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CD Review Soul star continues with his career rejuvenation.


Solomon Burke - Nashville

Shout Factory

No soul artist in memory has had a renassaince quite like Solomon Burke. A maker of minor hits in the '60's and a onetime member of the much-publicized Soul Clan, Burke nonetheless had to resort to various non-musical sidelines to keep himself going once his hits stopped coming by the dawn of the '70's. Every decade since brought a minor comeback but, when rediscovered in 2002, had been a long time since Burke had made a serious run at hitting the charts. What makes his comeback all the more astounding is that it happened organically, without managers and record labels collaborating in some crazy Rock and Roll Hall of Fame happy ending story. It began when the head of Epitaph Records met producer T-Bone Burnett at a music festival and asked Burnette if there were any cool projects Burnette had been working on lately. Burnette, totally off the cuff and testing the label head's intent, said he would like to do an album on the '60's soul legend It hit the executive like a hammer out of the blue but when Burnette explained his concept of putting the singer together with well-written contemporary songs by famous songwriters, Epitaph was on it like a hobo on a ham sandwich.

That album, Don't Give Up On Me , was a fantastic example about how a soul singer can re-invent himself for the new millenium. With songs from such stellar songwriters as Nick Lowe, Brian Wilson and Elvis Costello among others, the album showed a depth and world weariness rare even for the best soul singers. Burnette's production was understated and delicate while Burke was allowed to record with his own church's band, allowing for sympathetic and minimal accompaniment which rightly left room for Burke's expressive singing. Burke's next album, Make Do With What You Got, unfortunately lived up to it's title and was a definite step back for the singer. Although it did have its' moments, the songwriting on the album was second-tier and Burnette (or Epitaph for that matter) was not affiliated with the project, which left the production lacking and gave the whole album an air of just trying to capitalize on his previous success. Still, it kept Burke's name in the spotlight despite the sub-par songs and production, and no one seemed to blame Burke for the album, instead letting the blame rest on his collaborator's shoulders.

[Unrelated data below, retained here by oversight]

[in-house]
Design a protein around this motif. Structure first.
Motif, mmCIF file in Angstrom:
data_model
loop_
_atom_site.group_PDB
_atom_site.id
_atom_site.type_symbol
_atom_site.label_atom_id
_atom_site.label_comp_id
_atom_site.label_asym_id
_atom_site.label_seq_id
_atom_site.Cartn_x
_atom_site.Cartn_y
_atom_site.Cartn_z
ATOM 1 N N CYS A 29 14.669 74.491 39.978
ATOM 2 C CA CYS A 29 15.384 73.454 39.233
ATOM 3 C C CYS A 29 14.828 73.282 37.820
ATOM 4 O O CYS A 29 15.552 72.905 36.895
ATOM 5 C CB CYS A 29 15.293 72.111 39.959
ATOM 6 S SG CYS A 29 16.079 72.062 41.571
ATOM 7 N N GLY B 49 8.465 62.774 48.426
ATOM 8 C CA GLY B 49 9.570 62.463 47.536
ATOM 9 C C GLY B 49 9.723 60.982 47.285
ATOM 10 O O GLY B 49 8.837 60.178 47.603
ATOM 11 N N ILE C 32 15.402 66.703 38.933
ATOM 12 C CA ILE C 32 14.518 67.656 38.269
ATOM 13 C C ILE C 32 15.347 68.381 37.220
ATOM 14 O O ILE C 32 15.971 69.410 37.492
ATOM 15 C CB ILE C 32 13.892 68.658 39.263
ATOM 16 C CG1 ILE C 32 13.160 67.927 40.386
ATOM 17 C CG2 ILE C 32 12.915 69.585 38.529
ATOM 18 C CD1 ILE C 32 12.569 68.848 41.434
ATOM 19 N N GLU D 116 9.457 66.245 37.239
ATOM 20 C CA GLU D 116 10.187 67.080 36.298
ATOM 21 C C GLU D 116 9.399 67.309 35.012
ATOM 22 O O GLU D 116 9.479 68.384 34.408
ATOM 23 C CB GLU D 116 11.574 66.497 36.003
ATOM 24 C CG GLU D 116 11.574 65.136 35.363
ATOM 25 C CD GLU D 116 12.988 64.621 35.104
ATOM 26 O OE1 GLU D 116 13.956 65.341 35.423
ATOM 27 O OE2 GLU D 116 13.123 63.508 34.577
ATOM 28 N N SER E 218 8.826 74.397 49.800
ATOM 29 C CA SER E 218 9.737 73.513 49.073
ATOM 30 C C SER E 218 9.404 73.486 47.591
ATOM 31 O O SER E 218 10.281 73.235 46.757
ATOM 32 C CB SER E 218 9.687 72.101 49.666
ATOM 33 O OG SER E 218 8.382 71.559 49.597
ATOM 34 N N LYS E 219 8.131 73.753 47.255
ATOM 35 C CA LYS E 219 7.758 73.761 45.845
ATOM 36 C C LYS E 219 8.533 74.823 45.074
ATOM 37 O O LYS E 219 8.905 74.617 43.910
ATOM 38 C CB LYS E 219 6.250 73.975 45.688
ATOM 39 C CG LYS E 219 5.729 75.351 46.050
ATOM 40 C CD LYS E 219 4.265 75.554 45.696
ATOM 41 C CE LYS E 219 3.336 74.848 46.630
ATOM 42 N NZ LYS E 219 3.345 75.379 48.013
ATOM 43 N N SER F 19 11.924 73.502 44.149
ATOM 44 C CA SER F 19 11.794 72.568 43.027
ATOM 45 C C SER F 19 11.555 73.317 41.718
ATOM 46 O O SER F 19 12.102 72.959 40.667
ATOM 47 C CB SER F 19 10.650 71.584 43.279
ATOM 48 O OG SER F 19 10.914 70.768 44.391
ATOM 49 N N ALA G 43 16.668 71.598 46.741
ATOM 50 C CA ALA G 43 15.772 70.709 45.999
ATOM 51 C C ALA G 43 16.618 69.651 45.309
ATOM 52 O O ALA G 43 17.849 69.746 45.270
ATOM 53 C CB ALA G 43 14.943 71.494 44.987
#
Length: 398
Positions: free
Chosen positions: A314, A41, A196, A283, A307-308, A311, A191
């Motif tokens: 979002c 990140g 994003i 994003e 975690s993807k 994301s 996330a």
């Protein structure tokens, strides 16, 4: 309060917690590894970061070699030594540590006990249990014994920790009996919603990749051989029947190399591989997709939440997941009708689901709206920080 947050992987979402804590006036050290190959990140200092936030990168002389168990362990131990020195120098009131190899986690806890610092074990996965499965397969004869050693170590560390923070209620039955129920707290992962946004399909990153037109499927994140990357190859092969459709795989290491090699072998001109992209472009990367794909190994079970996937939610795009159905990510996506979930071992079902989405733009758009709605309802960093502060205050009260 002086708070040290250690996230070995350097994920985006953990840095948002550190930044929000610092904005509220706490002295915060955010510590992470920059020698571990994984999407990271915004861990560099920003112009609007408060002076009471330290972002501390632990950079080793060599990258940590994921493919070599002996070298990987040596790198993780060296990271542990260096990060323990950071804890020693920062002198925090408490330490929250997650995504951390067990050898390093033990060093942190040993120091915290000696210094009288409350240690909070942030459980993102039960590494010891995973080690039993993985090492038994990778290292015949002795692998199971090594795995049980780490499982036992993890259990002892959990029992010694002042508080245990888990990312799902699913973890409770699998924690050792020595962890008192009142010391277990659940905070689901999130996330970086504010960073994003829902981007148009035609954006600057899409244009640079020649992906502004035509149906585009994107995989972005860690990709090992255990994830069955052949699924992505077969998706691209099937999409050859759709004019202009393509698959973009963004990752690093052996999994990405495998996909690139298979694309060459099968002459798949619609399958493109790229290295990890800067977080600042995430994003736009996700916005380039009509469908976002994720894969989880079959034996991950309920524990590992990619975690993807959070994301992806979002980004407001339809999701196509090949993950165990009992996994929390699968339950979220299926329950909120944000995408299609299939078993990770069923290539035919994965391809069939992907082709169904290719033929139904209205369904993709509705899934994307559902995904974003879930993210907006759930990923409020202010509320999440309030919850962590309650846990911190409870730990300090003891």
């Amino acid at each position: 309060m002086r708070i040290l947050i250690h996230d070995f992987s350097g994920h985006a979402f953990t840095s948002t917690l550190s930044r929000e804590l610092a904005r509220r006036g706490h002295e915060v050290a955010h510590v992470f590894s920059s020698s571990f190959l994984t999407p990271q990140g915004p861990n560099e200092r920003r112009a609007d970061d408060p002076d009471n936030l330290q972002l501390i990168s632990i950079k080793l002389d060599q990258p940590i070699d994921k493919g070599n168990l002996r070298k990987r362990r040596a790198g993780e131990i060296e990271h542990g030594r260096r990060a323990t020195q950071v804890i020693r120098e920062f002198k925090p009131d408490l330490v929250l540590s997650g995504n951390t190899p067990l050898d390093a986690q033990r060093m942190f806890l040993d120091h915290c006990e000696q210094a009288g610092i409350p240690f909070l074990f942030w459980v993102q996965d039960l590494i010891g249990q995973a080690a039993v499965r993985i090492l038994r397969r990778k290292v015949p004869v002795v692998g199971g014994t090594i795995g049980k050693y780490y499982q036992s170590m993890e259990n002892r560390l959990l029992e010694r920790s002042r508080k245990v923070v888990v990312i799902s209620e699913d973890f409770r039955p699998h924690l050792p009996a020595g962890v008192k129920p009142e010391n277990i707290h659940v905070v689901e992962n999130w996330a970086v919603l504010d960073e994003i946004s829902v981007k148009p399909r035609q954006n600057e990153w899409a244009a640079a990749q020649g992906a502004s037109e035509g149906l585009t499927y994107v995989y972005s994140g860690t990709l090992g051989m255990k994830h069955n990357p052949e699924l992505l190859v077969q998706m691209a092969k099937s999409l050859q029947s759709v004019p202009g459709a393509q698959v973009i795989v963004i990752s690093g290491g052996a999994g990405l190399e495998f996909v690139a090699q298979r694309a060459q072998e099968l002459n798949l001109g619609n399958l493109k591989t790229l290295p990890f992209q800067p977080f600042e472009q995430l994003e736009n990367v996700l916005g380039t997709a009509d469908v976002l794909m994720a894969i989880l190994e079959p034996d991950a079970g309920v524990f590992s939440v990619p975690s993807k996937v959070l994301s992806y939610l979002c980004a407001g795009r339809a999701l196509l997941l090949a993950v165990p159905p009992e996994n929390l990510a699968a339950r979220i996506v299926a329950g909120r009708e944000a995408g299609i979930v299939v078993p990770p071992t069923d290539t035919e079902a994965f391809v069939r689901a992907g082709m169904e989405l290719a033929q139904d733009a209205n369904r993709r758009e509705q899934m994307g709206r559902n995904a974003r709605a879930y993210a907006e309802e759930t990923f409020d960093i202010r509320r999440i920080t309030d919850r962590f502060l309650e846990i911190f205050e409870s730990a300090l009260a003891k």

On this new CD, Burke goes back to doing what he does best: country soul. Produced by guitarist Buddy Miller, the album stocks up on guest stars like Dolly Parton, Patty Griffin and Gillian Welch and a buttload of famous musicians but, unlike most "event" albums, keeps Burke to the forefront to the point that the guest stars just feel like additonal vocal help and nothing more. Miller's a savvy producer and knows to keep the focal point on the star of the show and does a great job maintaining that vision. Burke's work here even tops his work on Don't Give Up On Me , which is no mean feat. By remembering to keep the musical backing understated and lean, Burke and Miller shoot for the moon here and land better than Buzz Aldrin. Burke's voice has never had more ache and every word he sings hits you in the heart like a sledgehammer, forcing you to succumb to his dark mood.

Fans of soul music will just adore this album, as will fans of country music. Burke returns to the top of his game and shows he is ready to continue the amazing career resurrection he has enjoyed since the start of ther millenium. If the songs on this CD don't hit you deep in your heart, you've gotta figure out what's happened to your soul. This shit is deep, man, deep. I mean, tears and heartaches for days sung in ways that make the songs unforgettable. My God, this is a great album. Burke proves he has nothing to lose and continues to stretch himself like few soul singers before or since. If only Aretha could get back to making music this strong.



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